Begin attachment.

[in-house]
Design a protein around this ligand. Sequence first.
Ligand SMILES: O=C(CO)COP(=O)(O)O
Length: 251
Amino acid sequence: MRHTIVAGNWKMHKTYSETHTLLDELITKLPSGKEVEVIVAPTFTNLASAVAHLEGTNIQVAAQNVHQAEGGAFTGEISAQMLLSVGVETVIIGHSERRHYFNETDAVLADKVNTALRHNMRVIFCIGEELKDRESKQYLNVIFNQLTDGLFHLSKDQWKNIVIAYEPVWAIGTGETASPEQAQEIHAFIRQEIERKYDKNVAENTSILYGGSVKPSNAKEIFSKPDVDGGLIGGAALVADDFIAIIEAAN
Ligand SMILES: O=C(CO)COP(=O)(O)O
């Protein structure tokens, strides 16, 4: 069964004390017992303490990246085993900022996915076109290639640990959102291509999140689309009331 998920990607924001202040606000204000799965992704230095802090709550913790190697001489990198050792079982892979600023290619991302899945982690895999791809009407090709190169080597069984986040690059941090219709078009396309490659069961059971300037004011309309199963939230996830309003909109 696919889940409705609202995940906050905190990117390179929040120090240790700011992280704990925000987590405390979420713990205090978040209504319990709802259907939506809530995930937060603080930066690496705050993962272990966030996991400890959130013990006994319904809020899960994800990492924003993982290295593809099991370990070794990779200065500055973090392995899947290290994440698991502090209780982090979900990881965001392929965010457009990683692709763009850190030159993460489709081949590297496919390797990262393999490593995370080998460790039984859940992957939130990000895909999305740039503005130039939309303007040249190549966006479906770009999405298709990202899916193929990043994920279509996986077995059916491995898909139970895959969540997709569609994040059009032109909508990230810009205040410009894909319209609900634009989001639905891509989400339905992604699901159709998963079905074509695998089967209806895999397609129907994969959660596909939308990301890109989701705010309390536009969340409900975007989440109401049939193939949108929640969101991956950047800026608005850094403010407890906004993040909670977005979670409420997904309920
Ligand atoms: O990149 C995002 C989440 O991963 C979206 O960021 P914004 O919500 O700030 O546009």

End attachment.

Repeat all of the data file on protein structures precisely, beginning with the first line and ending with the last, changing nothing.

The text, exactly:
[in-house]
Design a protein around this ligand. Sequence first.
Ligand SMILES: O=C(CO)COP(=O)(O)O
Length: 251
Amino acid sequence: MRHTIVAGNWKMHKTYSETHTLLDELITKLPSGKEVEVIVAPTFTNLASAVAHLEGTNIQVAAQNVHQAEGGAFTGEISAQMLLSVGVETVIIGHSERRHYFNETDAVLADKVNTALRHNMRVIFCIGEELKDRESKQYLNVIFNQLTDGLFHLSKDQWKNIVIAYEPVWAIGTGETASPEQAQEIHAFIRQEIERKYDKNVAENTSILYGGSVKPSNAKEIFSKPDVDGGLIGGAALVADDFIAIIEAAN
Ligand SMILES: O=C(CO)COP(=O)(O)O
């Protein structure tokens, strides 16, 4: 069964004390017992303490990246085993900022996915076109290639640990959102291509999140689309009331 998920990607924001202040606000204000799965992704230095802090709550913790190697001489990198050792079982892979600023290619991302899945982690895999791809009407090709190169080597069984986040690059941090219709078009396309490659069961059971300037004011309309199963939230996830309003909109 696919889940409705609202995940906050905190990117390179929040120090240790700011992280704990925000987590405390979420713990205090978040209504319990709802259907939506809530995930937060603080930066690496705050993962272990966030996991400890959130013990006994319904809020899960994800990492924003993982290295593809099991370990070794990779200065500055973090392995899947290290994440698991502090209780982090979900990881965001392929965010457009990683692709763009850190030159993460489709081949590297496919390797990262393999490593995370080998460790039984859940992957939130990000895909999305740039503005130039939309303007040249190549966006479906770009999405298709990202899916193929990043994920279509996986077995059916491995898909139970895959969540997709569609994040059009032109909508990230810009205040410009894909319209609900634009989001639905891509989400339905992604699901159709998963079905074509695998089967209806895999397609129907994969959660596909939308990301890109989701705010309390536009969340409900975007989440109401049939193939949108929640969101991956950047800026608005850094403010407890906004993040909670977005979670409420997904309920
Ligand atoms: O990149 C995002 C989440 O991963 C979206 O960021 P914004 O919500 O700030 O546009």